(Editor’s Note: Today, January 18this the death anniversary of Saadat Hasan Manto. Two day’s ago (January 16) was the anniversary of the ‘judgement day’ in his famous ‘obscenity trial.’ To mark these anniversaries, we are re-posting this, the last of a three part series on ‘Manto ka Muqaddama,’ by Aziz Akhmad (first two parts here and here). Manto’s literary genius is always relevant, but the story of this trial is all the more relevant in these times when questions of morality, of speech and of laws are so prominent once again. We also encourage the reader to re-read this tribute to Manto, our other posts on him, and of course Manto’s own works in his own words!)
Saadat Hasan Manto walked out of the courtroom of Sessions judge Inayatullah Khan a free man (here and here). The story Thanda Gosht was declared not obscene, and Manto’s conviction by the lower court was quashed – his sentence declared void and his fine, which Manto had already paid, ordered reimbursed.
Manto was a happy man once again. He wrote this delightful story, Zehmat-i-Mehr-i-Darakhshan, about the saga of his trial, in August 1950, which was published as foreword to the collection of stories called Thanda Gosht. Publishers, who wouldn’t publish Thanda Gosht before, started approaching Manto for the story.
Manto’s happiness, however, was short-lived. The Punjab government, not happy with the Sessions court’s judgment, went into an appeal.
The case landed with Justice Mohammad Munir of Lahore High Court (who later rose to become the chief justice of Pakistan). Justice Munir had a reputation of being a fearless, unbiased and an independent judge. However, he ruled the story obscene, re-imposed the fine on Manto, but, mercifully, waved the imprisonment sentence. He wrote an ambivalent judgment, which said, among other things, (and I am quoting from an article by Zia Mohiyuddin):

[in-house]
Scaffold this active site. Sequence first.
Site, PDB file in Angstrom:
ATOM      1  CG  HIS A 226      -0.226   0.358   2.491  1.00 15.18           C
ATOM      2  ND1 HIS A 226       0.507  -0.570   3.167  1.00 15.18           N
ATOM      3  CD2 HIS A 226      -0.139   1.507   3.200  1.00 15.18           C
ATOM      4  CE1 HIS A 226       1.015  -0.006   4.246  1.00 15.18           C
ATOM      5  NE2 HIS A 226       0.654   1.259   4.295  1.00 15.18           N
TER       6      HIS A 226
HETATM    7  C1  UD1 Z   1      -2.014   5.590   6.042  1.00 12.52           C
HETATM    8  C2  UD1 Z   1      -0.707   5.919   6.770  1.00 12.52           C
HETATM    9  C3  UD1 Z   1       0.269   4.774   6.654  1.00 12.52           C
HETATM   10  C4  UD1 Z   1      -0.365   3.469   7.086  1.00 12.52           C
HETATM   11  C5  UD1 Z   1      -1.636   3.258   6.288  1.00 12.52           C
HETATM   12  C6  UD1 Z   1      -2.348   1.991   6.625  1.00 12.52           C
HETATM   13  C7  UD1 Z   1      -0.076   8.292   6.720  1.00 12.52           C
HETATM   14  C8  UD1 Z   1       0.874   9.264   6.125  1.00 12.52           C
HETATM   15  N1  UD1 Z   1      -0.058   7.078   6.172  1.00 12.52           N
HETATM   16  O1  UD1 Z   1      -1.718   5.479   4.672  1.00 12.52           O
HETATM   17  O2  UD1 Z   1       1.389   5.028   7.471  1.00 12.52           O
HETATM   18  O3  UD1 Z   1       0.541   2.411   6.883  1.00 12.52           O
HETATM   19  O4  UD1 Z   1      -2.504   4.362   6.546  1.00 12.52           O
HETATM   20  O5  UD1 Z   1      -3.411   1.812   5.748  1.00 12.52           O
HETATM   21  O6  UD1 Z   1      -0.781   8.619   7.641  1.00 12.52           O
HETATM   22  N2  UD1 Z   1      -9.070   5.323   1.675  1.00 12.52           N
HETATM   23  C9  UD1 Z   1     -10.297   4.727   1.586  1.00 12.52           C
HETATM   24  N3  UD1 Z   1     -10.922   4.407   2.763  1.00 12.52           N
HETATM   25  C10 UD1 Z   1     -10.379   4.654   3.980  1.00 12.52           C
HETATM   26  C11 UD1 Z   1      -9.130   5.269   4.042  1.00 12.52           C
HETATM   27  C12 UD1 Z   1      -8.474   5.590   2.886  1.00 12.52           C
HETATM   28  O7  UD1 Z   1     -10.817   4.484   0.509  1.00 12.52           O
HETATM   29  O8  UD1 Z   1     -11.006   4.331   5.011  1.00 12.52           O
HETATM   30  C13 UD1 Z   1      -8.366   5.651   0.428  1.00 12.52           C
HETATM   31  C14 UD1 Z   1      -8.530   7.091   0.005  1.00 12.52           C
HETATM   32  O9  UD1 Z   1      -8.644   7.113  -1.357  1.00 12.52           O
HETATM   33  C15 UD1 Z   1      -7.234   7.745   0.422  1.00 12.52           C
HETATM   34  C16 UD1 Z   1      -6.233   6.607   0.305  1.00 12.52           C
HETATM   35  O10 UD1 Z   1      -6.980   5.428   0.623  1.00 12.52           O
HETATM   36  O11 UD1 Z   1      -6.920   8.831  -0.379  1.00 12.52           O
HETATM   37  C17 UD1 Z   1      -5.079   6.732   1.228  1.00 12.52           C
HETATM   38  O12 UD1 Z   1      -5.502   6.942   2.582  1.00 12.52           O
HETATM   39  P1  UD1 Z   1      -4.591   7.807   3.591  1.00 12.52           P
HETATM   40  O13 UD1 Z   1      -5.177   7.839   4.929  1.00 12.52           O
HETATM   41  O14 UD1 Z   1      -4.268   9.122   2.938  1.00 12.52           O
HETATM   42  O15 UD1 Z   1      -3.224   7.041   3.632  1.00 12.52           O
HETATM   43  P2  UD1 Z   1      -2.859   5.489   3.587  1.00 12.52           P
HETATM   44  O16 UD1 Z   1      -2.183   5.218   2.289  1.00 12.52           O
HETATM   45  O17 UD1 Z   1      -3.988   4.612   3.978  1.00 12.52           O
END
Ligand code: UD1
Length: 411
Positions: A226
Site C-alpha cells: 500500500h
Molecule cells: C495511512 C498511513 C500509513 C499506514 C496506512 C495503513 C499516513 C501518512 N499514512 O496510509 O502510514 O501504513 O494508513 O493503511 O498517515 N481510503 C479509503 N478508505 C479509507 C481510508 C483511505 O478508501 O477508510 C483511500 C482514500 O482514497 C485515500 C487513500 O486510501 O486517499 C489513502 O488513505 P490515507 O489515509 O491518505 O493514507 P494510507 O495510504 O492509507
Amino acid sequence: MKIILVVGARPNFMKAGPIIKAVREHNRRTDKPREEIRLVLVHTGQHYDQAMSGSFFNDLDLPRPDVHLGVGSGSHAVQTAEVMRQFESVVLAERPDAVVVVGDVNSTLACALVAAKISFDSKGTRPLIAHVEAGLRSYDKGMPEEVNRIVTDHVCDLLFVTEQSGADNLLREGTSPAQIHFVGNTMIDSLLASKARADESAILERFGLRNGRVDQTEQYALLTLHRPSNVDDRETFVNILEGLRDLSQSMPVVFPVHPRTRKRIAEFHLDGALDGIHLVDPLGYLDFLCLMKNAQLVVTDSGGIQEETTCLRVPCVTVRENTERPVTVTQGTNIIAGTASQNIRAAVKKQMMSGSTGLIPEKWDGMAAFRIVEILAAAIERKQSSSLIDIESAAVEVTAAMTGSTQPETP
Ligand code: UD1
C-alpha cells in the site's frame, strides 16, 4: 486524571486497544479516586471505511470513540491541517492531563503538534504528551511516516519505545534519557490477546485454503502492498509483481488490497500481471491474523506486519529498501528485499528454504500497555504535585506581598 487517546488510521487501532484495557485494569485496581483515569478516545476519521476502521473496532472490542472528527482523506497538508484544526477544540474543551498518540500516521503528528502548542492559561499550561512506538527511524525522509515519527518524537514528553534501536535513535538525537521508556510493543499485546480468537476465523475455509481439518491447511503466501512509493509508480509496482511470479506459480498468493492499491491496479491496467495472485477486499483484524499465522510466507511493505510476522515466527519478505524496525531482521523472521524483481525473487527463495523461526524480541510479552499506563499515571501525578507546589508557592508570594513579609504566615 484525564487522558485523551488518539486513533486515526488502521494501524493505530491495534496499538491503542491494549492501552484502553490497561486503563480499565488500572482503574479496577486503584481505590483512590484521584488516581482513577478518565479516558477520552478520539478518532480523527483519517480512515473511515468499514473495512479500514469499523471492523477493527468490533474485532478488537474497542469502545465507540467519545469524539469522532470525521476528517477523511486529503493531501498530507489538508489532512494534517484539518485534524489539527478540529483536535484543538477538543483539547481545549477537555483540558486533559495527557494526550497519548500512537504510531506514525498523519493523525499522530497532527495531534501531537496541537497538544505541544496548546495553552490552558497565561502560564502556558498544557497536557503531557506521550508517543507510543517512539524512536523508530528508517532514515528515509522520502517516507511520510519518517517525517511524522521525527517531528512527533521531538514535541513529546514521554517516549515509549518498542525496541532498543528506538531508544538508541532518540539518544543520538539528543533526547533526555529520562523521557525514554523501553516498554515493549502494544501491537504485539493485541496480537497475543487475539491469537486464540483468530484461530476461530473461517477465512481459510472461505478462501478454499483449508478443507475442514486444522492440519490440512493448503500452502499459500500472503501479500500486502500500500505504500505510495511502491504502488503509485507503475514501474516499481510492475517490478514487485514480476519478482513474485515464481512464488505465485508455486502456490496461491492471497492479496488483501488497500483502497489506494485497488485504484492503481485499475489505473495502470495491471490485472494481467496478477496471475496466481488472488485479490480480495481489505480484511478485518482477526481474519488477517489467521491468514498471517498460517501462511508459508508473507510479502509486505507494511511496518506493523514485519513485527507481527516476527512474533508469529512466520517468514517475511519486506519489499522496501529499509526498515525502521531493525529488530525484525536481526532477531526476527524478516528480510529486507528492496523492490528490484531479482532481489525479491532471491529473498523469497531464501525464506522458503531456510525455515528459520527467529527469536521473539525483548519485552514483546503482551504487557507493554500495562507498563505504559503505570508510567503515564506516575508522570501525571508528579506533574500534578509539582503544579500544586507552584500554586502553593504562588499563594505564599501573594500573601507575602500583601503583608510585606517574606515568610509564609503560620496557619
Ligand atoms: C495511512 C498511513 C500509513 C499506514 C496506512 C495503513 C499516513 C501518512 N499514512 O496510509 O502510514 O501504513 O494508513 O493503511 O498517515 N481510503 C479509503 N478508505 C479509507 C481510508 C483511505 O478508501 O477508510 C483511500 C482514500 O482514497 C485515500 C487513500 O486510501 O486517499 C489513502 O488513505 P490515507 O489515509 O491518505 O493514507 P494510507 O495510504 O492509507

‘Leanings of the writer’ had to be taken into account and not his ‘intentions’. A story could not escape from being obscene if the details of the story were obscene. A story was not like a book, which could be good in some parts and bad in some parts.
How does one interpret this judgment?
I have read these lines several times but could not make any sense of them. The only way I can describe this judgment is by resorting to an American slang, actually Texan, which may not be quite as elegant but very expressive: Justice Munir is “trying to pee down both legs”.
It seems Pakistan owes more than just ‘doctrine of necessity’ to Justice Munir.
Manto lived another 4 years to write numerous stories and short pieces, including his most famous Toba Tek Singh. He died shortly before reaching his 43rd birthday, on 18 January 1955, in extreme poverty and broken hearted.
Manto has been described as one of the greatest short-story writers of South Asia, but Pakistani establishment never owned him. However, on his 50th death anniversary, in 2005, the government officially recognized Manto by issuing a commemorative postage stamp in the series of stamps called Writers of Pakistan.
It would be interesting to see what would happen if someone petitioned the Supreme Court today to overturn Justice Munir’s judgment on Thanda Gosht or else ban the story. I was told, Aitzaz Ahsan has the record of this court case and is amply qualified to petition the Court. Perhaps, ATP could petition Mr. Ahsan to take up this case with the Supreme Court.
Now, back to the title, Zehmat-i-mehr-i-darakhshan. It is a phrase from a couplet of Ghalib. Here is the couplet first, then a translation by Khalid Hasan, then meanings of difficult words and, finally, an explantion.
Larazta hai mera dil, zehmat-i-mehr-i-darkhshaN par
Main hooN woh qatra-e-shabnam, keh ho khaar-i-bayabaN par
I am like a drop of dew that rests on a thorn in the wild;
My heart trembles at the thought of the sun that will (soon) rise (and annihilate me.)
darakhshaN = Brilliant light, sunlight
mehr = The sun, favor, kindness
zehmat = trouble, pain, uneasiness of mind
khaar-i-bayabaaN = thorn bush in the wild
Normally, the morning sun brings new life, hope and a new beginning in a person’s life. But for a drop of dew in the wild, the morning sunshine heralds its death, for the moment the sun comes up, the dew evaporates. This is how Manto saw his daily life. Every new day brought new worries, new trials and tribulation.